Pharmacokinetics is the description of the time course of a drug in the body, encompassing absorption, distri-bution, metabolism, and excretion. In simplest terms, it can be described as what the body does to the drug. Pharmacokinetic concepts are used during drug devel-opment to determine the optimal formulation of a drug, dose (along with effect data), and dosing frequency. For drugs with a wide therapeutic index (difference be-tween the minimum effective dose and the minimum toxic dose), knowledge of the drug’s pharmacokinetic properties in that individual patient may not be partic-ularly important. For example, nonsteroidal antiinflam-matory drugs, such as ibuprofen, have a wide therapeu-tic index, and thus knowledge of the pharmacokinetic parameters in a given individual is relatively unimpor-tant, since normal doses can vary from 400 to 3200 mg per day with no substantial difference in acute toxicity or effect. However, for drugs with a narrow therapeutic index, knowledge of that drug’s pharmacokinetic profile in an individual patient has paramount importance.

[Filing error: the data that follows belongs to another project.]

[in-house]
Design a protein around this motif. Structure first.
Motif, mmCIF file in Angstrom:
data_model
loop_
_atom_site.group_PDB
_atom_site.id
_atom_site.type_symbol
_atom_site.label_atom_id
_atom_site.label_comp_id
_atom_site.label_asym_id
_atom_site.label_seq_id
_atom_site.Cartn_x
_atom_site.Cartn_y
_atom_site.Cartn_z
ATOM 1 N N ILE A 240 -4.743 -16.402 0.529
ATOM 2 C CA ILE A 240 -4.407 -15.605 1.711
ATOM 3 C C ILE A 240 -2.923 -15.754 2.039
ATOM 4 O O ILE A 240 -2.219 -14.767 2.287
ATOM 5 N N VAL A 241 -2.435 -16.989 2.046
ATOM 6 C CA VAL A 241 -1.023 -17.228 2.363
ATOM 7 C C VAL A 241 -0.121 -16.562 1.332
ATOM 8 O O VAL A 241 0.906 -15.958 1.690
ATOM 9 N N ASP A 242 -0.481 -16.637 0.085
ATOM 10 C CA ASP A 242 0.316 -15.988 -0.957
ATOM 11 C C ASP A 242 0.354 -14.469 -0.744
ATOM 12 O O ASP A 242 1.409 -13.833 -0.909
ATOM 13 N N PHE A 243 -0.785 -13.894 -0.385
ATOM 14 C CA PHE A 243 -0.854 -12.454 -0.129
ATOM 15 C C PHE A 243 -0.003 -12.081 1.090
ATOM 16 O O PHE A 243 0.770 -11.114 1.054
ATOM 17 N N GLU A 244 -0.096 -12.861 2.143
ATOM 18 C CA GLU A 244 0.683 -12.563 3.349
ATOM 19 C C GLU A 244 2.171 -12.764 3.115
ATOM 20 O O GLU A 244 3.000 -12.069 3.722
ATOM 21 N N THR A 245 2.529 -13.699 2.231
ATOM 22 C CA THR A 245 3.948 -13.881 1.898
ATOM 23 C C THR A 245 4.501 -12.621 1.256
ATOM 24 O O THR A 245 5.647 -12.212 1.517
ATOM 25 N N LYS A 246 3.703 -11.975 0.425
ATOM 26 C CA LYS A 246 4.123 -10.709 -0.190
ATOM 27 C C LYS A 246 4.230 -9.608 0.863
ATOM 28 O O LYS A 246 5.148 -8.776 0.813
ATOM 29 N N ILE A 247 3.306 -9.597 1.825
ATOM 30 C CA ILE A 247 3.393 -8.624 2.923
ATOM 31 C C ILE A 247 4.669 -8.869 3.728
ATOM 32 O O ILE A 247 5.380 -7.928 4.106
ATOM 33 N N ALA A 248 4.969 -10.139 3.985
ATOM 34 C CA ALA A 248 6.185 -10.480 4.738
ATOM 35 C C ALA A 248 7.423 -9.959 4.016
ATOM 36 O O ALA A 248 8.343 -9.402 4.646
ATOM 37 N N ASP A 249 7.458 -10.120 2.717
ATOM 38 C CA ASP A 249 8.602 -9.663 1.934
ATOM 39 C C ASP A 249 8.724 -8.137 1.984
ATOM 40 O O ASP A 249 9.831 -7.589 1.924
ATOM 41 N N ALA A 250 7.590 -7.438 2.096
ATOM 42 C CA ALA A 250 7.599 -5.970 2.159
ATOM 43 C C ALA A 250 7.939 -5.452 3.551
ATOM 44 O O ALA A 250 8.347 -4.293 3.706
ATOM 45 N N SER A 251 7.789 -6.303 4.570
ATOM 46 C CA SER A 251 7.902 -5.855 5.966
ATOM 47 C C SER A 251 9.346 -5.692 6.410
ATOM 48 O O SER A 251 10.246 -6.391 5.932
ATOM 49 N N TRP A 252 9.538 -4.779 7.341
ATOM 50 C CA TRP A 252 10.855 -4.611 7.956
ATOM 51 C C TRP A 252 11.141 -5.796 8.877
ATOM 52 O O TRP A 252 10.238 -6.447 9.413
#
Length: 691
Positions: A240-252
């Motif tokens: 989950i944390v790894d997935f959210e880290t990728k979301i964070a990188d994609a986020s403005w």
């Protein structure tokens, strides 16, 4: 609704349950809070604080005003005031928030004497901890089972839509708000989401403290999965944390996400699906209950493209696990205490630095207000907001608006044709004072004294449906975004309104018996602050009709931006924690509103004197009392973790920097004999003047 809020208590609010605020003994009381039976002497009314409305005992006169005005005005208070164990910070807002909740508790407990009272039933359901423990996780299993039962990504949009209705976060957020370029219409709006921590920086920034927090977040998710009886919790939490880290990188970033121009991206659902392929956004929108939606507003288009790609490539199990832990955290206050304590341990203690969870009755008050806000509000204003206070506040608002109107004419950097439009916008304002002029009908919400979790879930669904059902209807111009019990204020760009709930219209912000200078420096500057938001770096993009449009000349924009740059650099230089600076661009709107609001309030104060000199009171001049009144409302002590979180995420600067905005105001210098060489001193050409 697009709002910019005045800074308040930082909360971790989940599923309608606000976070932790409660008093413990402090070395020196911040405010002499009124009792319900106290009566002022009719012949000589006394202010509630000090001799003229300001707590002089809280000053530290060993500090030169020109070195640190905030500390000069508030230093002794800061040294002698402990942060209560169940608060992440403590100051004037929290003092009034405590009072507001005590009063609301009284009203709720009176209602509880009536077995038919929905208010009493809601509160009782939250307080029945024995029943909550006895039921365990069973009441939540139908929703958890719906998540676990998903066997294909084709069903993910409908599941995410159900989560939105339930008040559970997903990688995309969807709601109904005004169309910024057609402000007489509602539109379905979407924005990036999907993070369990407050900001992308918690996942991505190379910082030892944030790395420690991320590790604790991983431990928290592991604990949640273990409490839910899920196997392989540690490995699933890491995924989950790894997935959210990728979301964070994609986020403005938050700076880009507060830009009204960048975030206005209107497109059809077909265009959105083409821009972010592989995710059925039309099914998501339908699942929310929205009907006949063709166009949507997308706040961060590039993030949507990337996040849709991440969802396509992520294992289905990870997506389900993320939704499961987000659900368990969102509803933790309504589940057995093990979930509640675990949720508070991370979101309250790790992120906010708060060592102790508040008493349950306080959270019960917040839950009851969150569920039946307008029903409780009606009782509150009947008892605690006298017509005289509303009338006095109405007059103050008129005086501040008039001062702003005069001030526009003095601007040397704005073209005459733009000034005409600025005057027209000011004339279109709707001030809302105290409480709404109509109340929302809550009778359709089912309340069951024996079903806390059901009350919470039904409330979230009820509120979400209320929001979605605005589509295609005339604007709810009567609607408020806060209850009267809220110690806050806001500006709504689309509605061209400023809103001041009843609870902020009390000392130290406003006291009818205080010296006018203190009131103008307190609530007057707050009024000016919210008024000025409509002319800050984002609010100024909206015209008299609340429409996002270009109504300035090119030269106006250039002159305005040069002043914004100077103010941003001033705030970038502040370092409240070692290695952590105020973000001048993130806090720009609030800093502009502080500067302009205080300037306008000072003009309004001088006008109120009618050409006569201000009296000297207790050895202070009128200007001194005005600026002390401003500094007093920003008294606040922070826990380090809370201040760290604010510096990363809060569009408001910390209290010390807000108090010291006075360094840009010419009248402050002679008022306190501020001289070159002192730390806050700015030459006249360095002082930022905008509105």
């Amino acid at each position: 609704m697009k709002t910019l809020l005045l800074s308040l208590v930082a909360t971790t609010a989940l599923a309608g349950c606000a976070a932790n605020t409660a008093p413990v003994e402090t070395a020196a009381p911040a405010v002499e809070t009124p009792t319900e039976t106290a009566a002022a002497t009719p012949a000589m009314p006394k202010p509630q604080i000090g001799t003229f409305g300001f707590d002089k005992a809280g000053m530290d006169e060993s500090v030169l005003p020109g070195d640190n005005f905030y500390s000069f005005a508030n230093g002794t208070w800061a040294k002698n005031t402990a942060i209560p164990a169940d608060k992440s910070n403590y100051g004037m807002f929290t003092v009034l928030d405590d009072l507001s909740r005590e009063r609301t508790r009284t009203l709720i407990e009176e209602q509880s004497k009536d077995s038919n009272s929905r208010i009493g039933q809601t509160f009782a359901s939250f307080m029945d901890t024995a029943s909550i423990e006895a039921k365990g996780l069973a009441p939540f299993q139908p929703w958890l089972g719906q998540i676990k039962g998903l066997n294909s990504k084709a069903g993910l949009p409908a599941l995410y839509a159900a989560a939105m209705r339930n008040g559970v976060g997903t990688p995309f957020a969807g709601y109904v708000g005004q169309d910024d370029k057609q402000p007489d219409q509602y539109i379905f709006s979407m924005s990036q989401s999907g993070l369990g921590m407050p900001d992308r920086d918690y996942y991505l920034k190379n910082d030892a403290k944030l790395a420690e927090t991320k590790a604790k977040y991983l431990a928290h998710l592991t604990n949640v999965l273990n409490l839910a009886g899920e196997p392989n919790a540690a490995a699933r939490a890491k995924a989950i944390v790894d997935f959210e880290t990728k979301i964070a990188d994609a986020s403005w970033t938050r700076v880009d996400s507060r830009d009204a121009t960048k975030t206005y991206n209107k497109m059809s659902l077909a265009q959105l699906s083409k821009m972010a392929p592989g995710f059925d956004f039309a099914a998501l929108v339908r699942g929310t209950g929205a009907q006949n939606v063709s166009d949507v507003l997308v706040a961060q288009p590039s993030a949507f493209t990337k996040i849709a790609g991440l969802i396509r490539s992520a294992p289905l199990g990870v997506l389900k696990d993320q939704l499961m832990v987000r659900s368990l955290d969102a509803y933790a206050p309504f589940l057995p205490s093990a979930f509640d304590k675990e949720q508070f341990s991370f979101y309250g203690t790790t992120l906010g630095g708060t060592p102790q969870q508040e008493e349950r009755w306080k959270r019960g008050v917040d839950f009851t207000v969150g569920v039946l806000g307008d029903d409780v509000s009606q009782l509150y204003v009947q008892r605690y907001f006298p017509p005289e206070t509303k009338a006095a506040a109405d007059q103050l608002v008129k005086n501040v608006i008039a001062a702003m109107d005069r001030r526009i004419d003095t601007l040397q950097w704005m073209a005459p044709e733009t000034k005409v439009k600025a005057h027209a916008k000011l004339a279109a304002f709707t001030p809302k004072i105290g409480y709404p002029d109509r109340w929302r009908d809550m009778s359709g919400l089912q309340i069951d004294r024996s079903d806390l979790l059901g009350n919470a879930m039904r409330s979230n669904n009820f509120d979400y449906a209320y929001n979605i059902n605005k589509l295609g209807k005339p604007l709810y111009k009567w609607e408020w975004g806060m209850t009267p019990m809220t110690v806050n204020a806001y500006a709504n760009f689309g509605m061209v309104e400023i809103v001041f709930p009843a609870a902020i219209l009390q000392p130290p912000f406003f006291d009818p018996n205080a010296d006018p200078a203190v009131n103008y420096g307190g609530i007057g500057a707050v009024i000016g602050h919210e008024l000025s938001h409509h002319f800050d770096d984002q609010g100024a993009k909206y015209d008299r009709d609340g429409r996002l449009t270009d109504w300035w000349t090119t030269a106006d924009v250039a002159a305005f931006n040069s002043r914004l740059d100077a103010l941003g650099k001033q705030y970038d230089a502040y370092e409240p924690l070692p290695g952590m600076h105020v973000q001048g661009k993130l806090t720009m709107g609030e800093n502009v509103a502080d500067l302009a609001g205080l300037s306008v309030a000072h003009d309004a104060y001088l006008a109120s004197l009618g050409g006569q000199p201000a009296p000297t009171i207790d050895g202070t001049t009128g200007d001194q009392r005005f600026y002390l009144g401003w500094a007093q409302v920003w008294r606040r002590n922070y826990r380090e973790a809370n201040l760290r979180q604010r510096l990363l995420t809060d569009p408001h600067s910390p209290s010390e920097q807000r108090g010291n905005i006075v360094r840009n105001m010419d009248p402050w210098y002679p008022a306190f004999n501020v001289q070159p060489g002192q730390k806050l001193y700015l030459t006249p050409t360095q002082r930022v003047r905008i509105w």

If there is little difference between the minimum effective dose and the toxic dose, slight changes in a drug’s pharmacokinetic profile, or even simply in-terindividual differences, may require dosage adjust-ments to minimize toxicity or maximize efficacy. For ex-ample, the blood concentrations of the antiasthmatic drug theophylline must usually be maintained within the range of 10–20 μg/mL. At concentrations below this, patients may not obtain relief of symptoms, while concentrations above 20 μg/mL can result in serious toxicities, such as seizures, arrhythmias, and even death. Thus, a drug’s pharmacokinetic profile may have im-portant clinical significance beyond its use in drug de-velopment.
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